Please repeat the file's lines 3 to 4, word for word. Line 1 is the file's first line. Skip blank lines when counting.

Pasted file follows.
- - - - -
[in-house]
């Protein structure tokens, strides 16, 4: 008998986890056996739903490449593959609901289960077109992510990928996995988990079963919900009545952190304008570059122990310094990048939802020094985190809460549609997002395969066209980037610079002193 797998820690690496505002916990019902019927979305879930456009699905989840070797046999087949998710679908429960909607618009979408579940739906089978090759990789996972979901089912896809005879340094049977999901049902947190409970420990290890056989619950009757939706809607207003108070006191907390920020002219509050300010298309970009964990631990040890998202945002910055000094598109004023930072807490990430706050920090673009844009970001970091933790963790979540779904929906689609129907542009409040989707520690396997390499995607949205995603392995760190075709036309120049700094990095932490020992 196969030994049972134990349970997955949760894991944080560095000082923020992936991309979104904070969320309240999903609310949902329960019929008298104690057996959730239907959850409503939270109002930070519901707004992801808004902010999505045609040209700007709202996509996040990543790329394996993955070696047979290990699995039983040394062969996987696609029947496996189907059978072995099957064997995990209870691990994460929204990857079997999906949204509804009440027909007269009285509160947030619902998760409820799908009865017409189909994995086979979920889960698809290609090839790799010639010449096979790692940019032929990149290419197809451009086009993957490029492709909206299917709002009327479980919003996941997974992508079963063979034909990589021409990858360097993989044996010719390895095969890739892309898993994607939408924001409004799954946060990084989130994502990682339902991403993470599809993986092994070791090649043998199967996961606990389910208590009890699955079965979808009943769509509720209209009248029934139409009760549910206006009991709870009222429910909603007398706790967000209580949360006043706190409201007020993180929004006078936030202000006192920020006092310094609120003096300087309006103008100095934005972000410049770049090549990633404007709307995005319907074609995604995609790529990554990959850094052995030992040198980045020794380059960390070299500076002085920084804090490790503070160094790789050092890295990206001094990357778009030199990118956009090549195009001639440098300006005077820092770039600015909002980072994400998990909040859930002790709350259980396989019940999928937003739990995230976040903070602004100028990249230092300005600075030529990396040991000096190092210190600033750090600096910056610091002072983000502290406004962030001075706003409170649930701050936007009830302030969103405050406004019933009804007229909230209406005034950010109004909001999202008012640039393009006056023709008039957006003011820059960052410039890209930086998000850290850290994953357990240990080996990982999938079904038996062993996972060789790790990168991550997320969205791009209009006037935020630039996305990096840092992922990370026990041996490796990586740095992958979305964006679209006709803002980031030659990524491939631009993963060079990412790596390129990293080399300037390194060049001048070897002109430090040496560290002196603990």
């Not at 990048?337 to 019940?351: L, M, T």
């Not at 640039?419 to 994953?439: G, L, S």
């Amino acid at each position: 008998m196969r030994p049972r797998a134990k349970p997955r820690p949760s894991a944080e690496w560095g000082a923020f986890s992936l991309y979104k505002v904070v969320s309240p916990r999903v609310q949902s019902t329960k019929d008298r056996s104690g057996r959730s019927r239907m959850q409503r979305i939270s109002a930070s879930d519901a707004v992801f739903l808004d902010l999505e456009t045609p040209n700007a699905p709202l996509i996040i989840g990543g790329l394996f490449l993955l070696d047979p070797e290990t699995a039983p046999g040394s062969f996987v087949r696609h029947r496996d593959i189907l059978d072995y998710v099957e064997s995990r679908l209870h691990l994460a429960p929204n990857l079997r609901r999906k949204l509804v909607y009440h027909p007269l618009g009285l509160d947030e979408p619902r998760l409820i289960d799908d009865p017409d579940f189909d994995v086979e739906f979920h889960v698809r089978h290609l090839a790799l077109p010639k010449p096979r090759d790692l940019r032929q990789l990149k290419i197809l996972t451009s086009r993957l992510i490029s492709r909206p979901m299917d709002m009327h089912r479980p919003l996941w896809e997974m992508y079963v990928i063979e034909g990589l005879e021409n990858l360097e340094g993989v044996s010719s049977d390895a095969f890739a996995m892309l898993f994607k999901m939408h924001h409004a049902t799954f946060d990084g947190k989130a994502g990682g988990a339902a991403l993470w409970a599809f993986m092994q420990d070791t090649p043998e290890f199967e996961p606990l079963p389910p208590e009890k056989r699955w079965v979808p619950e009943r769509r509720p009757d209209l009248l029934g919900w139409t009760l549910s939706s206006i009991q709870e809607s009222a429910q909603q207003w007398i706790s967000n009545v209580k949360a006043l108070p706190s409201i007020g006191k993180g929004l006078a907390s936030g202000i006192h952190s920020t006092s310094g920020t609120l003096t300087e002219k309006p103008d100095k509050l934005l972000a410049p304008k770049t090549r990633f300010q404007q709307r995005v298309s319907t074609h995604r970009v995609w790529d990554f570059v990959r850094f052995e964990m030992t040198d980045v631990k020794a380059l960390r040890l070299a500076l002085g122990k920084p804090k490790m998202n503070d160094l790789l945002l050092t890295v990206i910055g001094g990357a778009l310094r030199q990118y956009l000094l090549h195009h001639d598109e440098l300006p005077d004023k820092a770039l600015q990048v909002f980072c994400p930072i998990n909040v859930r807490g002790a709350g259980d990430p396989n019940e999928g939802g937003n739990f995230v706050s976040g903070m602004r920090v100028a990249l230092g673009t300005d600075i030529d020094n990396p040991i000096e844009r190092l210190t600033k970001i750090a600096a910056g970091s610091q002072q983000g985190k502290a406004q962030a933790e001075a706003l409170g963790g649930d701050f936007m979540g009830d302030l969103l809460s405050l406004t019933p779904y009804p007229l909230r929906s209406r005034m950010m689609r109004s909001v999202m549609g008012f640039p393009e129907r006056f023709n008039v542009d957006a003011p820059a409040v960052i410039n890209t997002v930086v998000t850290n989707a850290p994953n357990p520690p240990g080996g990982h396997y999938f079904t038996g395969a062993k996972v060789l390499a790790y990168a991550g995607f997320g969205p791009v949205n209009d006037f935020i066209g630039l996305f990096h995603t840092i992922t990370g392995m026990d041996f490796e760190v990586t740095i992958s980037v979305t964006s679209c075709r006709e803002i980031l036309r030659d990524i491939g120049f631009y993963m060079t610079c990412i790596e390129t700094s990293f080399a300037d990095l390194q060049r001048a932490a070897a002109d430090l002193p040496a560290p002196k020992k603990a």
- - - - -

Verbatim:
């Not at 990048?337 to 019940?351: L, M, T």
């Not at 640039?419 to 994953?439: G, L, S």